No no no. You are both wrong! We are worth more than that!
Michelangelo laughs and continues:
It is funny because at the time I was 100% convinced that we were worth that much. The investors however quickly understood that we had very little going on. So, conviction and passion will only get you to a certain point. Ultimately, as an entrepreneur, you need to balance huge ambition with a realistic approach.
The encounter with these investors had sparked Michelangelo’s interest in the funding and growth part of entrepreneurship.
These individuals were so knowledgeable. I wanted to learn everything from them. Also, if I had a better understanding of the funding side of entrepreneurship, I could eventually become a better founder. And, working in the venture space would allow me to meet so many founders. These were my main motivations to break into the VC industry.
Read more about Michelangelo’s journey into VC here:
Advice To Entrepreneurs
With the limited industry experience Michelangelo possesses, he did not believe that he would be best suited to give advice. So, he decided to recite what his supervisor Samir Ahmad, and what his managing director Herman Kienhuis at KPN Ventures told him.
Note: The following list of points are not ranked in descending nor ascending order of importance; they are all crucial.
1. Do your due diligence
This is a common misconception: to think that all VC firms are the same. That is not the case. They are completely different. They have different investment criterias. They have different backgrounds. They follow different structures. Understand why you want to partner up with a certain VC over another. This is extremely important!
Check out this article by Alexander Buchberger on how to choose the right VC from an investor perspective.
2. Know you financials
You are getting money from someone. So, you better show them that you can make it back. VC firms are not philanthropies. They need to make adequate returns for their own investors, the Limited Partners (LPs).
Check out this article by Trey Calver to learn more about the corporate structure of venture firms.
3. Understand the fundamental dynamics of a VC fund’s lifecycle
VCs also have their own bosses, the LPs. To keep it short, a VC needs to amass a favourable return in their lifecycle, which conventionally is 10 years. Therefore, it is favourable for you, the founder, to partner with a VC during their investment phase, and not their exit phase.
Check out this article by Kostakis Bouzoukas for a more in-depth review of a VC fund’s lifecycle.
Advice to aspiring VCs
You need an edge.
Michelangelo tells me with a firm voice. He explains:
The venture industry is built on outliers. It builds on the power law. The funds in the top quartile are almost bringing in all the gains. So, the goal of many funds is to find the potential unicorns (startups with >$1 billion valuation). These are the outliers who predominantly return most of the funds in the industry. This unicorn mindset is also reflected in the people VC firms hire. They would like to see what you have that nobody else has; Your competitive advantage. Your unique value proposition.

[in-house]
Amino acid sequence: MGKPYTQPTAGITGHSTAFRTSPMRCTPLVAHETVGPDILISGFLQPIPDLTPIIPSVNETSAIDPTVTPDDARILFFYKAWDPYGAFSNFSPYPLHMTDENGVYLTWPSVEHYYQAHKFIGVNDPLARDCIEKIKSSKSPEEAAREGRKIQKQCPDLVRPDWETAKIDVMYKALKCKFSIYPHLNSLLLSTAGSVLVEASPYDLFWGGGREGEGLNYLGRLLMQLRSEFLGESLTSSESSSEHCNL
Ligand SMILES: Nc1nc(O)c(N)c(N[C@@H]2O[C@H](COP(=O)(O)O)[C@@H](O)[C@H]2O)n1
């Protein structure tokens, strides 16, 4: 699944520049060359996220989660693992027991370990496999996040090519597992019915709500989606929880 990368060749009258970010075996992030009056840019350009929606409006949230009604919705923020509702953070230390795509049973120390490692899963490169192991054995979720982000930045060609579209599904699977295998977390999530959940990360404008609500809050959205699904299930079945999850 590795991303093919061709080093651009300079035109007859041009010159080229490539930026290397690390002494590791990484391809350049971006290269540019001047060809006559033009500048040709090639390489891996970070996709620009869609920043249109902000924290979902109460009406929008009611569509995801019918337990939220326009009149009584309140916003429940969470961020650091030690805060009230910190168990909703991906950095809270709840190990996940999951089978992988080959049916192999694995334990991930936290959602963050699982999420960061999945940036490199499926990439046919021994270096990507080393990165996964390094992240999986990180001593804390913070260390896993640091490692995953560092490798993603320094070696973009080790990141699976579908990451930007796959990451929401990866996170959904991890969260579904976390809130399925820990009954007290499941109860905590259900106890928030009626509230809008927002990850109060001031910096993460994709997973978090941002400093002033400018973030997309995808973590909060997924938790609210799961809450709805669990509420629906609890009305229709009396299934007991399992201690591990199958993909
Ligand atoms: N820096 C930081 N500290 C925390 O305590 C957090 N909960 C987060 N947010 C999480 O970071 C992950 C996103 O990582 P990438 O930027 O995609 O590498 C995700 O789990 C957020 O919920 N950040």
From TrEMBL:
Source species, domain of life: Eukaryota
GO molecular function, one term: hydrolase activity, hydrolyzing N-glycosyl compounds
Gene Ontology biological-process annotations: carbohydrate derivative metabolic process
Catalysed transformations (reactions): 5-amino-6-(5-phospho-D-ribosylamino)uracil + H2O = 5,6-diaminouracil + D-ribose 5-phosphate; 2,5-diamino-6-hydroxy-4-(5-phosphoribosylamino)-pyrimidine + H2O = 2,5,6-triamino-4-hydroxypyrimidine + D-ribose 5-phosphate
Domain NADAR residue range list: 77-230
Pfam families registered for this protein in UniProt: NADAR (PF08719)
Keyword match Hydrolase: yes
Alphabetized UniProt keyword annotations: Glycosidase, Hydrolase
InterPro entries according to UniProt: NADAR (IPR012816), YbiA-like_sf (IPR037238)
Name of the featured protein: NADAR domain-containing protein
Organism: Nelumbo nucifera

To give you — the reader — a better understanding of the industry, the two conventional paths into venture are:
- Operating experience
- Finance experience, typically investment banking
Michelangelo tells me that it is definitely advantageous to have operating experience (running your own company) because you will have amassed a unique experience.
However, it is important to emphasize that there is no set path into venture! Don’t believe me? Check out the story of Michael Moritz.
As I do not have any investment banking experience myself, I cannot tell you that one is better than the other. Remember, different types of venture funds will prefer different types of qualities. Early-stage funds might prefer operating experience, and later-stage funds might prefer you to have a finance background. The important thing is to have some sort of edge. You do not necessarily need to be successful in that area, but you need something that is different.
My edge is that I love to write.
Want to see Michelangelo’s competitive edge? Well, check out:
Michelangelo Pagliara - Medium
Read writing from Michelangelo Pagliara on Medium. Co-Founder @ ventureinsider | Start-ups | Venture Capital. Every…
What are you currently reading?
Machine Platform Crowd: Harnessing our digital future by Andrew McAfee & Erik Brynjolfsson. My supervisor (at Samsung NEXT) recommended it to me as preparation material. It’s a must read for anyone who wants to understand the technology part of anything.
Which public figure(s) must I be listening to?
1. Bill Ackman, founder & CEO of Pershing Square Capital.
A legend in the finance industry, and recently made an approximate 100-fold return on a COVID-19 hedge. $27 million to $2,6 billion. He is one of the leading investors on Wall Street, definitely someone to follow closely. Check out this episode of The Knowledge Project podcast with Bill Ackman.
2. Mr Beast, one of the most-subscribed Youtubers in the world (As of August 17th, Mr Beast has 41,3 million subscribers).
He is the definition of persistence. For instance, he pronounced the name of another famous youtuber (Logan Paul) 100 000 times in a Youtube video. *Evidence Here*
3. Sam Altman, among other things, the previous President of Ycombinator.
Look at the startup school of YC. Incredible value!
Which startup must I be following?
At the moment, I would say Scale AI. The company is based in San Francisco and they create and organize datasets for companies like Lyft, Nvidia, and Airbnb among others. Their founder, Alexandr Wang, is one of the geniuses to follow. Read his story!
What is the single question that you ask yourself before making any major decisions?
Thank you for taking the time to share your story, Michelangelo.
I wish you all the best for your future endeavours!
Lykke til! In bocca al lupo!
Everyone has a story. Do you want to share yours?
If so, feel free to contact me on LinkedIn!